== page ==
Comparing the Downtown Plaza arena deal to last year’s Railyards plan

In his comments to media yesterday evening, city manager John Shirey noted that he likes this year’s deal much better than the 2012 proposal.  The city staff report released with the term sheet includes a comparison between the plans at the Downtown Plaza and the Railyards.

Given the different nature (e.g., privately-owned land versus City-owned land, etc.) of the projects, not all the terms are directly comparable, but the major components are listed below. Both proposals include a similarly-sized ESC that would be LEED-certified and would be comparable to other state-of-the-art arenas in other cities.

Chart: Downtown Plaza vs. RailyardsBelow are some minor, but interesting features of this year’s term sheet:

  • A new practice facility would be built and located within the downtown entertainment and sports complex.
  • The Amway Center in Orlando, Barclays Center in Brooklyn, Chesapeake Energy Arena in Oklahoma City and Pepsi Center in Denver are noted as specific models to follow for the potential new arena in Sacramento.
  • The term sheets targets September 2016 as the date to open the new ESC.
  • As part of the agreement to repay some of the debt in the 1997 loan, all events at Sleep Train Arena would become subject to a ticket surcharge effective June 1st.
  • Though the city will own the arena, the investor group will have exclusive rights to sell arena signage and naming rights. As far as naming rights are concerned, any proposed sponsor “shall be tasteful and not to be a cause for embarrassment to the City.”
  • For those wondering how a new arena would benefit public safety operations like police and fire, the investor group would pay the costs for such municipal services at ESC and Kings events.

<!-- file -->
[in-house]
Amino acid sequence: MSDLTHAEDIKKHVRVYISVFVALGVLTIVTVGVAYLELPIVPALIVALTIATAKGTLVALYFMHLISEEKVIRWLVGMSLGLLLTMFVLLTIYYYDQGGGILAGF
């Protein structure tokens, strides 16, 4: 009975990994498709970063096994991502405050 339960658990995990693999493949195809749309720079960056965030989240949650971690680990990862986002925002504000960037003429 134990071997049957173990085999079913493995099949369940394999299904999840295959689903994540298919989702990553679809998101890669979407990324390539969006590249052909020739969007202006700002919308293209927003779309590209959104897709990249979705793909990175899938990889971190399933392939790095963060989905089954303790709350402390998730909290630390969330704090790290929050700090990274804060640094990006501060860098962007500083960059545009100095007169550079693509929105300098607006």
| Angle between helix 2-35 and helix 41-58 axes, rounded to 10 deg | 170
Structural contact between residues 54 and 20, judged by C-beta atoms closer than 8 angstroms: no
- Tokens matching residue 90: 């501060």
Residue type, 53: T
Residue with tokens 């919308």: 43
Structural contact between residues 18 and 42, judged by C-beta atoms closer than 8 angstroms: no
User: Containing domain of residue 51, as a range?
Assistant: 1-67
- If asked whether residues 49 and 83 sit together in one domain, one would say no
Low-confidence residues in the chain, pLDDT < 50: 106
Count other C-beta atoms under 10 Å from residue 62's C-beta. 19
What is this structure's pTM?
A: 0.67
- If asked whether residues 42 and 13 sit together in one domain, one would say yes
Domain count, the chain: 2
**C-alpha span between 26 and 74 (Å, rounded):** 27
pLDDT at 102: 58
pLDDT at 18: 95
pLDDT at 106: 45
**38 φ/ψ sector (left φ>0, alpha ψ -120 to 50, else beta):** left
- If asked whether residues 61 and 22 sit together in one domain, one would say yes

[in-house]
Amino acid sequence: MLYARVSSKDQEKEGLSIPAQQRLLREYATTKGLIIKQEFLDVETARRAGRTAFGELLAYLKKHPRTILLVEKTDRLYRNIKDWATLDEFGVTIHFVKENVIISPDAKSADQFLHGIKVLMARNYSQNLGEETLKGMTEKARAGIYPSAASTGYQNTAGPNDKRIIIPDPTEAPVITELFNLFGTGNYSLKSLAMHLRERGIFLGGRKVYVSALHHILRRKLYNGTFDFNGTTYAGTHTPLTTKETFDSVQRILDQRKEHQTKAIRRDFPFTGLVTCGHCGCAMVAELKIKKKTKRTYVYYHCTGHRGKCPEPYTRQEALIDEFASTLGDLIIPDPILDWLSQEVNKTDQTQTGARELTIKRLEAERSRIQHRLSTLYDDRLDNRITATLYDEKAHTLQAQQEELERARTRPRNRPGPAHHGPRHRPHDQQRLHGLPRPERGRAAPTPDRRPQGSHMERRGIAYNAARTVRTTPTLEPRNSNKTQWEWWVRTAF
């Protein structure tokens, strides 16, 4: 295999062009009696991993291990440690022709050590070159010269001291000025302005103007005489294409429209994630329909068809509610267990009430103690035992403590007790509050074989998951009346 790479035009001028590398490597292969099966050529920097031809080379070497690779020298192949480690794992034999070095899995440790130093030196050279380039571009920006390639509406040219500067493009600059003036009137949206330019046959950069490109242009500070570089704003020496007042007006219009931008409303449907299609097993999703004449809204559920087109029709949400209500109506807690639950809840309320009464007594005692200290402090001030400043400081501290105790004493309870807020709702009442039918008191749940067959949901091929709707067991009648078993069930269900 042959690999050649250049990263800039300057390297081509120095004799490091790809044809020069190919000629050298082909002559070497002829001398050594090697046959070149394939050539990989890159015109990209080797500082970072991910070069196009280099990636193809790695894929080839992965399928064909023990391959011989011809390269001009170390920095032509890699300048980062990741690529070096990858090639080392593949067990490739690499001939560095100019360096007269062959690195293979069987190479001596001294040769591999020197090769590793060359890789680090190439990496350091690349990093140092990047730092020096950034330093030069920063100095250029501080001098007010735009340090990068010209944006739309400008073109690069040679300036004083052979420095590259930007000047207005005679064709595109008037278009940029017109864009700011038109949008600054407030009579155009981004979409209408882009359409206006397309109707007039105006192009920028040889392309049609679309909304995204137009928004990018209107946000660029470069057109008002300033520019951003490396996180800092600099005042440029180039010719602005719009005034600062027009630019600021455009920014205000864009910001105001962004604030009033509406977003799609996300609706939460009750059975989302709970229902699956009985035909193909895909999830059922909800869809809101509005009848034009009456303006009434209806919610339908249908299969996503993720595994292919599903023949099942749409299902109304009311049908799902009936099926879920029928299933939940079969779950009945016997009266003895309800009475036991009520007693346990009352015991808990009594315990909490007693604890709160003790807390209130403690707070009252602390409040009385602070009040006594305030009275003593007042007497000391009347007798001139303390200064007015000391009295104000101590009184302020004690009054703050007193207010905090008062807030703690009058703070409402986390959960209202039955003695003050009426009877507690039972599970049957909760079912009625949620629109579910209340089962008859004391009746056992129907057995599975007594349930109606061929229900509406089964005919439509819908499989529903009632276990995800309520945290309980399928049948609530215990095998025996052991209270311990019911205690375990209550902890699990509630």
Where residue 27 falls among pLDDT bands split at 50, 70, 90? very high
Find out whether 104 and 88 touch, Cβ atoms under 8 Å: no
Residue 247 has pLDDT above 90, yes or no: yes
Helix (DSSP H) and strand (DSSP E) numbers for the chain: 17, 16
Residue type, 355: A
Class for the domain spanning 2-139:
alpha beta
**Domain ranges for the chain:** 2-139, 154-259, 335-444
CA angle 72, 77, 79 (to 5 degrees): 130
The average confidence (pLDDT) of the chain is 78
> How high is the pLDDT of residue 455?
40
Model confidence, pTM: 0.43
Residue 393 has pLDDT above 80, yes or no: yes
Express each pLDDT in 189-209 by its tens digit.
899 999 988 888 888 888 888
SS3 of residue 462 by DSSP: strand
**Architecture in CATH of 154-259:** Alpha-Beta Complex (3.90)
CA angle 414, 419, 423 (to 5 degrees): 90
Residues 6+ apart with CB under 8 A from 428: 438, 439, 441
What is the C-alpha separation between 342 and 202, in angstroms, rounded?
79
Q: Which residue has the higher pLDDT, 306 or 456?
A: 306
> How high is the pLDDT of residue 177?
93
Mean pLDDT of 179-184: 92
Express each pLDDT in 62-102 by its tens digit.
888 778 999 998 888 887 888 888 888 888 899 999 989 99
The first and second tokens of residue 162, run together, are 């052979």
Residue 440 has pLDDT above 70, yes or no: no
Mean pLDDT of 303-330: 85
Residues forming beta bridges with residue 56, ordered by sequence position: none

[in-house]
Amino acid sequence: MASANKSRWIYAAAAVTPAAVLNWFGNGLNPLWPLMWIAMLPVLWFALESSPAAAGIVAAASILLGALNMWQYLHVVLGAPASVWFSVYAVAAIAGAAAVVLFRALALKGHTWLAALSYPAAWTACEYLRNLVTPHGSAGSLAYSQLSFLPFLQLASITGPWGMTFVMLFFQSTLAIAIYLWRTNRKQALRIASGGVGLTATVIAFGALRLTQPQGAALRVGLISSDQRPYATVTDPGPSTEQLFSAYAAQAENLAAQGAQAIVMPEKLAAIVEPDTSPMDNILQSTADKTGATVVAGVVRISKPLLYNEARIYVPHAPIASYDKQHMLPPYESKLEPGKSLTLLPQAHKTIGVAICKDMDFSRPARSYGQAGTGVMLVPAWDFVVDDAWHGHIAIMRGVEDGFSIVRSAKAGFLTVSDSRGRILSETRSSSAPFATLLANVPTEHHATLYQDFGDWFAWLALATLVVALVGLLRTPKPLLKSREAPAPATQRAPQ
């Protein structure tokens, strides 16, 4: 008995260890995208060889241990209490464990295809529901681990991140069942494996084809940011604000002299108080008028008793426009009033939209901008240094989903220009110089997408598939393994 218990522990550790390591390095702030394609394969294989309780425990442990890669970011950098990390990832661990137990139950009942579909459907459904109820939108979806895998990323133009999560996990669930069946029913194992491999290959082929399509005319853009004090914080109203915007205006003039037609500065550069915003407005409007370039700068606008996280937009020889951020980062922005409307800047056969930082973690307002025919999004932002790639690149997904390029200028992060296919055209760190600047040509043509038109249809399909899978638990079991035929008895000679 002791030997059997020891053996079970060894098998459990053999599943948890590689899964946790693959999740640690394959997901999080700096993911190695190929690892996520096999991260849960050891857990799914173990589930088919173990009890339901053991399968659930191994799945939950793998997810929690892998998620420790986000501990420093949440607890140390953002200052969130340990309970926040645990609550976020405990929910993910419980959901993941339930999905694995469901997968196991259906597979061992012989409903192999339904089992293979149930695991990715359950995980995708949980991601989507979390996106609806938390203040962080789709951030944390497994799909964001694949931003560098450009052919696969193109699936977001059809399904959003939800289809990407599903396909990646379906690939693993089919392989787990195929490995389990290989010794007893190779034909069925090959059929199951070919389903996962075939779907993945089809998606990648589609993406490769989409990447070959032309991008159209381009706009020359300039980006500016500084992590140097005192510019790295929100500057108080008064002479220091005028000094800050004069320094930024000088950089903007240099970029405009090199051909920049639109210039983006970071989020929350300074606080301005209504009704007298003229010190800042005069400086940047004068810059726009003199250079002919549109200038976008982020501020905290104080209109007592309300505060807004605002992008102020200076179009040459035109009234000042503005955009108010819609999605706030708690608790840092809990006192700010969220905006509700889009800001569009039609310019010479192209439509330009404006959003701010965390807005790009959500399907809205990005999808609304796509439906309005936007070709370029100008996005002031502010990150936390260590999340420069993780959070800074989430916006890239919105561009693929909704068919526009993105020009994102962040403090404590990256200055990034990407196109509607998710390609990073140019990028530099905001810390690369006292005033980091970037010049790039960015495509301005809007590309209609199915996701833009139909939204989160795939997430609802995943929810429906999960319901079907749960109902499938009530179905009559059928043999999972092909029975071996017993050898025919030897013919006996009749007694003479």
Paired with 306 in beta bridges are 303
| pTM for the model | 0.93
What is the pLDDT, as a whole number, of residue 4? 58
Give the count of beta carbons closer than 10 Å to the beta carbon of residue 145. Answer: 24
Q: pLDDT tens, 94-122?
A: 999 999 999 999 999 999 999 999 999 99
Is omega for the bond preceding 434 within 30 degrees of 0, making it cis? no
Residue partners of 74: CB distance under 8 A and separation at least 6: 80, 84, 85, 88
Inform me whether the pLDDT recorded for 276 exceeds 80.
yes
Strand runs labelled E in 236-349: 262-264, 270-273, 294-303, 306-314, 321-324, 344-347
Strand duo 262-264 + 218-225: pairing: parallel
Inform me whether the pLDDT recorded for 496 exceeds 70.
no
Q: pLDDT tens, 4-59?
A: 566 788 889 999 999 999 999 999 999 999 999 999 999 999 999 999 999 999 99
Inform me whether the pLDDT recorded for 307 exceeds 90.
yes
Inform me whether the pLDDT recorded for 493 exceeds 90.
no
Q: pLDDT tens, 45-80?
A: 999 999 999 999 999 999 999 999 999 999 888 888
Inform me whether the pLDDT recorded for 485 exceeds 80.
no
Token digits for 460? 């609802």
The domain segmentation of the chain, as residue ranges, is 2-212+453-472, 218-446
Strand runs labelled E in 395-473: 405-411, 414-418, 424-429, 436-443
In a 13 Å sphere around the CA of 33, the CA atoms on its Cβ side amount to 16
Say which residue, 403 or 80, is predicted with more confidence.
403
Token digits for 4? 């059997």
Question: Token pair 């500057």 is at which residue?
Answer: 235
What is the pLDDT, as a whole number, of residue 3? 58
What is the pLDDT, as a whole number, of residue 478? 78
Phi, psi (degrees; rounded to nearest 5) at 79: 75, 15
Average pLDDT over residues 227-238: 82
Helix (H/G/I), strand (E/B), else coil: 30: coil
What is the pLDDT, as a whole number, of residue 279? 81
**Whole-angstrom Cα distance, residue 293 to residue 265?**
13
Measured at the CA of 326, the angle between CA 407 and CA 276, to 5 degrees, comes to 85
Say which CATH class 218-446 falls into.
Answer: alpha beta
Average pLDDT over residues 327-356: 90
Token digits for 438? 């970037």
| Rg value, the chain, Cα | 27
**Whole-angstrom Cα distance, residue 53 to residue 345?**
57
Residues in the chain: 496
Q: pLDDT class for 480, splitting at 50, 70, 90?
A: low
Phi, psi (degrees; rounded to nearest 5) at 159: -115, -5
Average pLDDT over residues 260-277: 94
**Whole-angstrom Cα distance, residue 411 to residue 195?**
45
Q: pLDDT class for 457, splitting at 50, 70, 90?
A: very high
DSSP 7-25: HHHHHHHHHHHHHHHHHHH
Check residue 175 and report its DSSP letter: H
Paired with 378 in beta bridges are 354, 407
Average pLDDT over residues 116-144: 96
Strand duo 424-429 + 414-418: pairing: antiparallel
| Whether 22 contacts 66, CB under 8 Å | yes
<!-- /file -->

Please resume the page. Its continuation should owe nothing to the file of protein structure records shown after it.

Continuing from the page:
• “Sacramento” must continue to be the first part of the team’s name. “The Kings may not include any other geographic, city, county, or state reference in the Team name.” This means no California Kings of Sacramento or Golden State Kings if the Warriors decided to drop the state nickname in favor of San Francisco in a few years.
  • Within three years of opening the proposed arena, the Kings will be required to request that the NBA bring an All-Star Game to Sacramento.
  • With the exception of food and beverage, the city will have its own suite in the new arena at no cost. The city would also have the option of receiving 10 complimentary tickets per Kings event.

You can read the staff report and term sheet in their entirety here and here.  City council is expected to vote on the plan at Tuesday night’s meeting at city hall.

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About: Jonathan Santiago

Jonathan Santiago serves Cowbell Kingdom as senior editor specializing in writing, podcasting and video production. He also handles the majority of CK’s day-to-day beat coverage of the Kings.